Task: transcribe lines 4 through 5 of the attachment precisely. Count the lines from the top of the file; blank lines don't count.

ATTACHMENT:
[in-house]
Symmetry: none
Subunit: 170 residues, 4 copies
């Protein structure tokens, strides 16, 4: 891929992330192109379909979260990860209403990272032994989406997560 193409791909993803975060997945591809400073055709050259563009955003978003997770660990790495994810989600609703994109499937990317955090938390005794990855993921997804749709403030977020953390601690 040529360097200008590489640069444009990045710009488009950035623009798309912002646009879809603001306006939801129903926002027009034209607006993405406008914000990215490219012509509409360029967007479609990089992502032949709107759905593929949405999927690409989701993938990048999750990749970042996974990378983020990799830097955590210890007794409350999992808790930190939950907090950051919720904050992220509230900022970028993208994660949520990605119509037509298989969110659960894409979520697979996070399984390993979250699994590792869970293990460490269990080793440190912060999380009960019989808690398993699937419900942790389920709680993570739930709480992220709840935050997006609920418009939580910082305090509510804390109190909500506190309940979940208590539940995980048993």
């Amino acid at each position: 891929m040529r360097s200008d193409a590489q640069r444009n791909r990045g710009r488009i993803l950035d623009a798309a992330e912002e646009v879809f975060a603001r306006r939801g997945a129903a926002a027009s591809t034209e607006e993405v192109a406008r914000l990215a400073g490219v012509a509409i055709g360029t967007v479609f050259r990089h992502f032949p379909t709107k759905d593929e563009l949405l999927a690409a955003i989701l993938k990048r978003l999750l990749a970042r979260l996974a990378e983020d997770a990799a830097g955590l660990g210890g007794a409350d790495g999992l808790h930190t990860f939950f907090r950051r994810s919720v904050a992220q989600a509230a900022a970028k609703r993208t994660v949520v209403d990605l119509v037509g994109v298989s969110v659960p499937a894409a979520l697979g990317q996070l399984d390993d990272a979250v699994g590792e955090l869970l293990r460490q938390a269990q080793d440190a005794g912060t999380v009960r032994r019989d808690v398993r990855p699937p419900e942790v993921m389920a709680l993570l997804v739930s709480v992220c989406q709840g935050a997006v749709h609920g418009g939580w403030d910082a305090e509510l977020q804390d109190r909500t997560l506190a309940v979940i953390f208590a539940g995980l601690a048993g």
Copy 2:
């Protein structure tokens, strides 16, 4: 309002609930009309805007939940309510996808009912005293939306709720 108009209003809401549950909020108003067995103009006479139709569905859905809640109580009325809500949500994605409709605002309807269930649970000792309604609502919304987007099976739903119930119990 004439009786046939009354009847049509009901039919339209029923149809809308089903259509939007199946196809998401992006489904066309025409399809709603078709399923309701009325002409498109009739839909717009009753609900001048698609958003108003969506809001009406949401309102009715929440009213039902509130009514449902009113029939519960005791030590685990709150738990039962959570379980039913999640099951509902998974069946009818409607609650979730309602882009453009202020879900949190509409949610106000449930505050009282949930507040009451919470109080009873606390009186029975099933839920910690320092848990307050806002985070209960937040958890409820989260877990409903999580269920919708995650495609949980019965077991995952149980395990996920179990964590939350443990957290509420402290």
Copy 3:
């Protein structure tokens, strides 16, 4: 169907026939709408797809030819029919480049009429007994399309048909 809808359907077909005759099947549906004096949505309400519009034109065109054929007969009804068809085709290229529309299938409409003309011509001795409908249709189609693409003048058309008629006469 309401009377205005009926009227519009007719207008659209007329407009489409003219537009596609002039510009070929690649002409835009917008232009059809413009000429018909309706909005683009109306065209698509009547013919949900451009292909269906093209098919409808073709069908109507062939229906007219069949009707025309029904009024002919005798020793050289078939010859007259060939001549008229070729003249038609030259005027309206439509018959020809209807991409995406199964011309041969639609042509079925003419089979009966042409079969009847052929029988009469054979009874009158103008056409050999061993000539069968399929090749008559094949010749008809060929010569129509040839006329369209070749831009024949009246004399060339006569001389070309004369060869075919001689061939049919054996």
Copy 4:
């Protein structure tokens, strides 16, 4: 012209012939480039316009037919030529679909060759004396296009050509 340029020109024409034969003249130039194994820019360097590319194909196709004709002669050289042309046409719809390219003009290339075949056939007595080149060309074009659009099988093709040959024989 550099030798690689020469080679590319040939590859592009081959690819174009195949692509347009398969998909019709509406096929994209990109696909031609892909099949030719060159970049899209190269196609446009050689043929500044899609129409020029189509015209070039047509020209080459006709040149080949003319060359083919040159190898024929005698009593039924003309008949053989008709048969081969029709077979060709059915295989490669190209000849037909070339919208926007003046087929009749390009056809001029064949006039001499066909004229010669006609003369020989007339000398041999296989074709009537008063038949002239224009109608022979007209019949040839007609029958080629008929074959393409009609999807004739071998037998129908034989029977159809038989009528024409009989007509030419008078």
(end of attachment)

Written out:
């Protein structure tokens, strides 16, 4: 891929992330192109379909979260990860209403990272032994989406997560 193409791909993803975060997945591809400073055709050259563009955003978003997770660990790495994810989600609703994109499937990317955090938390005794990855993921997804749709403030977020953390601690 040529360097200008590489640069444009990045710009488009950035623009798309912002646009879809603001306006939801129903926002027009034209607006993405406008914000990215490219012509509409360029967007479609990089992502032949709107759905593929949405999927690409989701993938990048999750990749970042996974990378983020990799830097955590210890007794409350999992808790930190939950907090950051919720904050992220509230900022970028993208994660949520990605119509037509298989969110659960894409979520697979996070399984390993979250699994590792869970293990460490269990080793440190912060999380009960019989808690398993699937419900942790389920709680993570739930709480992220709840935050997006609920418009939580910082305090509510804390109190909500506190309940979940208590539940995980048993």
């Amino acid at each position: 891929m040529r360097s200008d193409a590489q640069r444009n791909r990045g710009r488009i993803l950035d623009a798309a992330e912002e646009v879809f975060a603001r306006r939801g997945a129903a926002a027009s591809t034209e607006e993405v192109a406008r914000l990215a400073g490219v012509a509409i055709g360029t967007v479609f050259r990089h992502f032949p379909t709107k759905d593929e563009l949405l999927a690409a955003i989701l993938k990048r978003l999750l990749a970042r979260l996974a990378e983020d997770a990799a830097g955590l660990g210890g007794a409350d790495g999992l808790h930190t990860f939950f907090r950051r994810s919720v904050a992220q989600a509230a900022a970028k609703r993208t994660v949520v209403d990605l119509v037509g994109v298989s969110v659960p499937a894409a979520l697979g990317q996070l399984d390993d990272a979250v699994g590792e955090l869970l293990r460490q938390a269990q080793d440190a005794g912060t999380v009960r032994r019989d808690v398993r990855p699937p419900e942790v993921m389920a709680l993570l997804v739930s709480v992220c989406q709840g935050a997006v749709h609920g418009g939580w403030d910082a305090e509510l977020q804390d109190r909500t997560l506190a309940v979940i953390f208590a539940g995980l601690a048993g």